No, you are demanding believers should prove, through science, that God exists, to add to that it must be proof you accept...

"show boating" "grandstanding"

now I want you to prove evolution, using milk bottle tops and margarine tubs, remember, I have to accept the proof or it doesn't count...

I strongly suggest you re-read my post because it explicitly states several times that I'm doing quite the opposite of what you claim. I don't really understand what you think you'll achieve by claiming otherwise, as the evidence of what I've said is there for all to see.

But if you've some pathological need to continue arguing black is white, please feel free to make as much of a fool of yourself as you see fit.
graceofgod
Posts: 5,052
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11/2/2016 2:54:49 PM
Posted: 1 month ago
At 11/2/2016 1:31:00 PM, Quadrunner wrote:
At 11/2/2016 11:55:27 AM, graceofgod wrote:
At 11/2/2016 11:49:24 AM, Skeptical1 wrote:
At 11/2/2016 10:51:09 AM, graceofgod wrote:
At 11/2/2016 10:47:18 AM, Graincruncher wrote:
At 11/2/2016 9:36:36 AM, graceofgod wrote:
At 11/1/2016 2:01:33 PM, Graincruncher wrote:


*It"s actually nearer Tarski"s Undefinability Theorem, but I wanted brand recognition. And puns.

same old same old, prove God exists through science...

prove the big bang is true without science and prove it by evidence I would accept, by the way, I chose the veracity of that evidence...

your topic is just "show boating" "grandstanding"....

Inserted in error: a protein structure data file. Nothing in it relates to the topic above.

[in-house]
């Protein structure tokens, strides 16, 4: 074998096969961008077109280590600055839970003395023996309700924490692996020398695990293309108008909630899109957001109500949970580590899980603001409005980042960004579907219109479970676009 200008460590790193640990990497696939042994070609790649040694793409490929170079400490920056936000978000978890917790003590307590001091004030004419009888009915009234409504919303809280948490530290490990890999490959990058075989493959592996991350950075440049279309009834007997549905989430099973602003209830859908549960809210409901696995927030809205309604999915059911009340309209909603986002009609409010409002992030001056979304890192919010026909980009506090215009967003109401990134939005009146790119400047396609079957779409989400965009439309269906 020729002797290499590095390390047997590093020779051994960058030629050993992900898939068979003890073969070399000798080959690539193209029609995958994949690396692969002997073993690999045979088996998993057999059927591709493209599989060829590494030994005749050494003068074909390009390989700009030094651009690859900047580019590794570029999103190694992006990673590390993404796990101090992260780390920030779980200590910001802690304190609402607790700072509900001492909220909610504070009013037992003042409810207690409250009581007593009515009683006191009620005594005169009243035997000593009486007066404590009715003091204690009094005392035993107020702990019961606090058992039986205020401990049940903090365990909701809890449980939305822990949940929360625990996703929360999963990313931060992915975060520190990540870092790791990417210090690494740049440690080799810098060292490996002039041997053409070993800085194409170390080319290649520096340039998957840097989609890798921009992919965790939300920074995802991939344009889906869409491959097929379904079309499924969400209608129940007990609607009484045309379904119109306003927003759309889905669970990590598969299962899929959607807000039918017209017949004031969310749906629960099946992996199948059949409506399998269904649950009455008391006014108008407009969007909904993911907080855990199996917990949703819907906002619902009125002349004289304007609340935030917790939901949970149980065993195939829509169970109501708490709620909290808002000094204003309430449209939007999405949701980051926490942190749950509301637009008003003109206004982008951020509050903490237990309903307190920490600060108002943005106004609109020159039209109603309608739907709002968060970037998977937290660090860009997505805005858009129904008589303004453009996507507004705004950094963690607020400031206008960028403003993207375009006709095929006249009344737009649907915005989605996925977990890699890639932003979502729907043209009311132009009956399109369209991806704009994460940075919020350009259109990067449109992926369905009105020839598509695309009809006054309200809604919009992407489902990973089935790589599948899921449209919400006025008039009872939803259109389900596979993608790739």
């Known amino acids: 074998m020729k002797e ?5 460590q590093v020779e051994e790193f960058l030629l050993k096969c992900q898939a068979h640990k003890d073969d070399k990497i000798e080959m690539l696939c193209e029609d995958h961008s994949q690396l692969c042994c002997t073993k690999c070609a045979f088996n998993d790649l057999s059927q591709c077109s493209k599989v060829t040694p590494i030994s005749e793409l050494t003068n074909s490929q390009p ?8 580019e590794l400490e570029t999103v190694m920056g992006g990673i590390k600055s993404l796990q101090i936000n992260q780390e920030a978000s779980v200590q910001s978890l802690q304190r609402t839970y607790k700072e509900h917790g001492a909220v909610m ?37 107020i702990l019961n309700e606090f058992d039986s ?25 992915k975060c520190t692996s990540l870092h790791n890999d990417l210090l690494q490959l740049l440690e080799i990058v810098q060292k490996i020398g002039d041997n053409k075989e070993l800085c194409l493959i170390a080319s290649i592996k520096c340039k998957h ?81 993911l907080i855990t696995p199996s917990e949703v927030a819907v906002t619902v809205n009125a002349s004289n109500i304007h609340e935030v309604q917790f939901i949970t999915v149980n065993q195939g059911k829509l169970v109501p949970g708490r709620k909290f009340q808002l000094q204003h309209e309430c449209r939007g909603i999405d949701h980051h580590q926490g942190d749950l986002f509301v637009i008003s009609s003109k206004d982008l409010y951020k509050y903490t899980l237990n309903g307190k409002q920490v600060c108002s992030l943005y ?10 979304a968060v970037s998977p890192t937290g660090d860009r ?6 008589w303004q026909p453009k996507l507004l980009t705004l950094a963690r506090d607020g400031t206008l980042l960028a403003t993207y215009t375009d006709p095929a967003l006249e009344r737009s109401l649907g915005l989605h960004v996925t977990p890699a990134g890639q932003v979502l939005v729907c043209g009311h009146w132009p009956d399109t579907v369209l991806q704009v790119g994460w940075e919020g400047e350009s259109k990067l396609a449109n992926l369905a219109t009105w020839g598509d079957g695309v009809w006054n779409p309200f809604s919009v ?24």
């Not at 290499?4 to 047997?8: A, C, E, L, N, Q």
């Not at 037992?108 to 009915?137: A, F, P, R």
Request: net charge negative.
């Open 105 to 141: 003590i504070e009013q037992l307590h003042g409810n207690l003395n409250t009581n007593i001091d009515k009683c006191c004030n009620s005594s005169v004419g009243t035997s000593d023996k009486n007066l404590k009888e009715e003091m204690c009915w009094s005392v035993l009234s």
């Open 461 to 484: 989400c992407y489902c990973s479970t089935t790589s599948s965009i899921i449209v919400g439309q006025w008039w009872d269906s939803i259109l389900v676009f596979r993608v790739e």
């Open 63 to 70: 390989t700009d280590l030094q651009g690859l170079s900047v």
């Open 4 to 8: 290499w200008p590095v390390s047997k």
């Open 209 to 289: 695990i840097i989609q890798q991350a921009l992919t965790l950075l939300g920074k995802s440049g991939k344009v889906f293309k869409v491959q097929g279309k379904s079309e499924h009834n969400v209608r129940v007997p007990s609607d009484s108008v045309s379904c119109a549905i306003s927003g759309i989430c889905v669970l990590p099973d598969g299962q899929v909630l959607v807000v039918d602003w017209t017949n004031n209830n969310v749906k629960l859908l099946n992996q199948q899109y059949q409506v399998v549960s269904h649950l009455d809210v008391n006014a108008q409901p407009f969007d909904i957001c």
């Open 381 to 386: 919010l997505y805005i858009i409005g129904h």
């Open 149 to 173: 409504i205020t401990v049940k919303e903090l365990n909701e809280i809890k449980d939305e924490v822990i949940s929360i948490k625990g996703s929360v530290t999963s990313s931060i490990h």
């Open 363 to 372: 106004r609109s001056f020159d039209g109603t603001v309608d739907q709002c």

Only I was pretty clear that's NOT what I'm arguing. I even explicitly separated the argument from empiricist to be extra clear on that. I take issue with people trying to prove god with science and on several occasiond mention that it needs to be faith-based belief.

So presumably you just didn't understand any of my post except the bit where I stated I'm an atheist, at which point you lost your sh*t.

No, you are demanding believers should prove, through science, that God exists, to add to that it must be proof you accept...

"show boating" "grandstanding"

now I want you to prove evolution, using milk bottle tops and margarine tubs, remember, I have to accept the proof or it doesn't count...

Milk comes in cartons now - we've evolved.

Next?

i said milk bottle tops lol...

and that does not prove evolution, the bottles did nothing to change themselves, one did not become another, it could prove intelligent design though...

I'm interested in this thread. I would appreciate it if you end the spamming (bickering, or whatever it is) to make it easier to read constructive additions as they come along.

well you carry on, but I am not spamming, i am making a point about the thread and it's pointless question...
graceofgod
Posts: 5,052
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11/2/2016 2:58:34 PM
Posted: 1 month ago
At 11/2/2016 2:43:23 PM, Graincruncher wrote:
At 11/2/2016 10:51:09 AM, graceofgod wrote:
No, you are demanding believers should prove, through science, that God exists, to add to that it must be proof you accept...

"show boating" "grandstanding"

now I want you to prove evolution, using milk bottle tops and margarine tubs, remember, I have to accept the proof or it doesn't count...

I strongly suggest you re-read my post because it explicitly states several times that I'm doing quite the opposite of what you claim. I don't really understand what you think you'll achieve by claiming otherwise, as the evidence of what I've said is there for all to see.

But if you've some pathological need to continue arguing black is white, please feel free to make as much of a fool of yourself as you see fit.

no your thread does not, it is quite clear you are trying to make a point and yet your point is ridiculous...

the same thread appears time and again, with a slightly different twist of course...